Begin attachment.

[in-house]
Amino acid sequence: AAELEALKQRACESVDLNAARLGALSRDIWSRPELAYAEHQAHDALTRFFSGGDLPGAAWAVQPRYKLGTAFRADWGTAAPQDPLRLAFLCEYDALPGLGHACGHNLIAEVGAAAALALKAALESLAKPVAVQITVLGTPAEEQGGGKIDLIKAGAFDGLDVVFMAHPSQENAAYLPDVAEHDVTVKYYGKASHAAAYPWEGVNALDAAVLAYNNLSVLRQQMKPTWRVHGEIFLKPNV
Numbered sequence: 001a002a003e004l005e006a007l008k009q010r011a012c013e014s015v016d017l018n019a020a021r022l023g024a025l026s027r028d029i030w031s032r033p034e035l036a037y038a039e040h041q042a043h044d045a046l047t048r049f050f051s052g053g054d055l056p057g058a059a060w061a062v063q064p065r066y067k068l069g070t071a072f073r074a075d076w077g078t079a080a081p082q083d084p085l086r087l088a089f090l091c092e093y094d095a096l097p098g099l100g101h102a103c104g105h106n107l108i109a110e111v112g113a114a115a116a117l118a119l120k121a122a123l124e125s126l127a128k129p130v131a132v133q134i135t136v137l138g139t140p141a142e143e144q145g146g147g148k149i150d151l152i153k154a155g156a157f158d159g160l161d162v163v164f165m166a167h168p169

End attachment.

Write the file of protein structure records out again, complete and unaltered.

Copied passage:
[in-house]
Amino acid sequence: AAELEALKQRACESVDLNAARLGALSRDIWSRPELAYAEHQAHDALTRFFSGGDLPGAAWAVQPRYKLGTAFRADWGTAAPQDPLRLAFLCEYDALPGLGHACGHNLIAEVGAAAALALKAALESLAKPVAVQITVLGTPAEEQGGGKIDLIKAGAFDGLDVVFMAHPSQENAAYLPDVAEHDVTVKYYGKASHAAAYPWEGVNALDAAVLAYNNLSVLRQQMKPTWRVHGEIFLKPNV
Numbered sequence: 001a002a003e004l005e006a007l008k009q010r011a012c013e014s015v016d017l018n019a020a021r022l023g024a025l026s027r028d029i030w031s032r033p034e035l036a037y038a039e040h041q042a043h044d045a046l047t048r049f050f051s052g053g054d055l056p057g058a059a060w061a062v063q064p065r066y067k068l069g070t071a072f073r074a075d076w077g078t079a080a081p082q083d084p085l086r087l088a089f090l091c092e093y094d095a096l097p098g099l100g101h102a103c104g105h106n107l108i109a110e111v112g113a114a115a116a117l118a119l120k121a122a123l124e125s126l127a128k129p130v131a132v133q134i135t136v137l138g139t140p141a142e143e144q145g146g147g148k149i150d151l152i153k154a155g156a157f158d159g160l161d162v163v164f165m166a167h168p169